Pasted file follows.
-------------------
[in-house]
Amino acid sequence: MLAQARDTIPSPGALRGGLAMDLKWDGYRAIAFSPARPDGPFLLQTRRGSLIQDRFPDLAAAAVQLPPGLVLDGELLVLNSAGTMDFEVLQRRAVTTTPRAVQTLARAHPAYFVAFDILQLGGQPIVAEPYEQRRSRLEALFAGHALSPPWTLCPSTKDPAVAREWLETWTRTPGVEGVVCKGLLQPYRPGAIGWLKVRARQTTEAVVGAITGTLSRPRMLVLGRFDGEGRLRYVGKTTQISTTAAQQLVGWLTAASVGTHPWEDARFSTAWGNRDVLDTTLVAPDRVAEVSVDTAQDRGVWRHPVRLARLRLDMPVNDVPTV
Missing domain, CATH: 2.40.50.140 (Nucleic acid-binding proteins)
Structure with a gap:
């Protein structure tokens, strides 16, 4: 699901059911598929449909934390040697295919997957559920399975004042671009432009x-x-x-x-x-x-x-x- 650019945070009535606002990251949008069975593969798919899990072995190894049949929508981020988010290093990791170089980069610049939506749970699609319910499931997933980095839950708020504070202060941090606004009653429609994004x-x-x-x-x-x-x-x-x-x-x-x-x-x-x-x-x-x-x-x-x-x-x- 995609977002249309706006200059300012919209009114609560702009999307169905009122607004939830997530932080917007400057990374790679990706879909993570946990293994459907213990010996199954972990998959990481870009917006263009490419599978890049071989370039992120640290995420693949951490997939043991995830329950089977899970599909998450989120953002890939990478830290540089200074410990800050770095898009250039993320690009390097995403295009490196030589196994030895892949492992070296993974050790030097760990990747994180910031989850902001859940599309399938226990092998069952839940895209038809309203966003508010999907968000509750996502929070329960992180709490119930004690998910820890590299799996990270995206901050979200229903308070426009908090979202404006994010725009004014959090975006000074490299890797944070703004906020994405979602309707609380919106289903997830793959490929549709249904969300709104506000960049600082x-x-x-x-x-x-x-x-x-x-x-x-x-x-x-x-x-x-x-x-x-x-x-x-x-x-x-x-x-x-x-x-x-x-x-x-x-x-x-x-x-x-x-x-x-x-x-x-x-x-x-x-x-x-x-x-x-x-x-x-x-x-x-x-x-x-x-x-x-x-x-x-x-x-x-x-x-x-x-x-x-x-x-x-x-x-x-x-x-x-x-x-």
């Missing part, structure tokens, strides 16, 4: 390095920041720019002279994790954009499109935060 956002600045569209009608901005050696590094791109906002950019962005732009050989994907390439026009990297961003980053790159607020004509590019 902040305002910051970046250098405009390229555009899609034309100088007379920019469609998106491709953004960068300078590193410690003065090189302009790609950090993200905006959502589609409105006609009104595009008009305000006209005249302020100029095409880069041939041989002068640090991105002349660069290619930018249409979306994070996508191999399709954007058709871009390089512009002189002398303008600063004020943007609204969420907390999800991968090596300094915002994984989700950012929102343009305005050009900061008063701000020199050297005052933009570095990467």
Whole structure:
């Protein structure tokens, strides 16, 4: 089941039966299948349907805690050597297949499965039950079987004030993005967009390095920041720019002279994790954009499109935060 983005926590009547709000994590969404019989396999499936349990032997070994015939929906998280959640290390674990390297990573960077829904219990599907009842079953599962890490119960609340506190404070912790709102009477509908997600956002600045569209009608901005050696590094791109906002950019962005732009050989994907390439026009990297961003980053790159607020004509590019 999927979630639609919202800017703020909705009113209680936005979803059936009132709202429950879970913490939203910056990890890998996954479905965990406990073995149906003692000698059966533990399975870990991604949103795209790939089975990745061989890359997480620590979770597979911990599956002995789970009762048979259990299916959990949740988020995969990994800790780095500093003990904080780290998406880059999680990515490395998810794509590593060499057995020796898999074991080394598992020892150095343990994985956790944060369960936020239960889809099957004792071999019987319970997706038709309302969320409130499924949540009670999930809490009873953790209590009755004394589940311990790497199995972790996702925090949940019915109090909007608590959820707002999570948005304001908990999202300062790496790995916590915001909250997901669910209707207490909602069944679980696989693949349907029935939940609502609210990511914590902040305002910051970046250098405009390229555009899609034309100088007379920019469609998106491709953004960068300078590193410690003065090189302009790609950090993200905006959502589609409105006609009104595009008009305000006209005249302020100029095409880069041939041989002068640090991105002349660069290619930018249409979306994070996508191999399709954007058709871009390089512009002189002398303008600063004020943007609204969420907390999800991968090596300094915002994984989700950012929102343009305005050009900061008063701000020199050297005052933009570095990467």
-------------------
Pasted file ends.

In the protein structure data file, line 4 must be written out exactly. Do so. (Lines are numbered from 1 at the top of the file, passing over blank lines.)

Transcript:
Structure with a gap: